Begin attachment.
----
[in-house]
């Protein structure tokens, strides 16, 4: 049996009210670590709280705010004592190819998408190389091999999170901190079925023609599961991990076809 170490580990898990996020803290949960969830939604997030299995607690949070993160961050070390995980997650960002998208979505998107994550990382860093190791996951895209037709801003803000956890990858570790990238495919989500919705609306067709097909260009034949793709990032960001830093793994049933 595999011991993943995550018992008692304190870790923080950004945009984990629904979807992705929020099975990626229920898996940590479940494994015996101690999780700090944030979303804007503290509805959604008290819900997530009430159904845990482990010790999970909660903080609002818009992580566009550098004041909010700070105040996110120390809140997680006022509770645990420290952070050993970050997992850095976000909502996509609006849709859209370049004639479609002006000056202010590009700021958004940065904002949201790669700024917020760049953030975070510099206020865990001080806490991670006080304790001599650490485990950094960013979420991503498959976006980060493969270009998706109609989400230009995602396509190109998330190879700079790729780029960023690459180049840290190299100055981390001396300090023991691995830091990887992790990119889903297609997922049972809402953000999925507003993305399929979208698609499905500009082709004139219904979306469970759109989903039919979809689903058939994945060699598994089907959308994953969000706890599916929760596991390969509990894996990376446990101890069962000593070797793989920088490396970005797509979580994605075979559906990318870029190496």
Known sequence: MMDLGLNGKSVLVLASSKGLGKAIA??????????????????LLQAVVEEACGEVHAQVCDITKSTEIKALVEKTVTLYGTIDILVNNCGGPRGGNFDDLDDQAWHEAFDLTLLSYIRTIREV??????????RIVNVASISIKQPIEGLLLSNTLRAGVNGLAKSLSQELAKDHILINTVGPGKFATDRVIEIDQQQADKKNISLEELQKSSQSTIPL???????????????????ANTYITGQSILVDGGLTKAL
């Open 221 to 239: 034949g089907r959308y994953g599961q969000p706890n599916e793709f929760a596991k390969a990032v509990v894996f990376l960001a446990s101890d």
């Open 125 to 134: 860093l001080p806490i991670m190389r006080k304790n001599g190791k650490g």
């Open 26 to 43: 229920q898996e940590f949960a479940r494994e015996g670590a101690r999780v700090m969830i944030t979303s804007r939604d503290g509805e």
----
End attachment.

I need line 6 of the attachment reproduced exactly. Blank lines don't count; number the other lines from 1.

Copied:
């Open 26 to 43: 229920q898996e940590f949960a479940r494994e015996g670590a101690r999780v700090m969830i944030t979303s804007r939604d503290g509805e």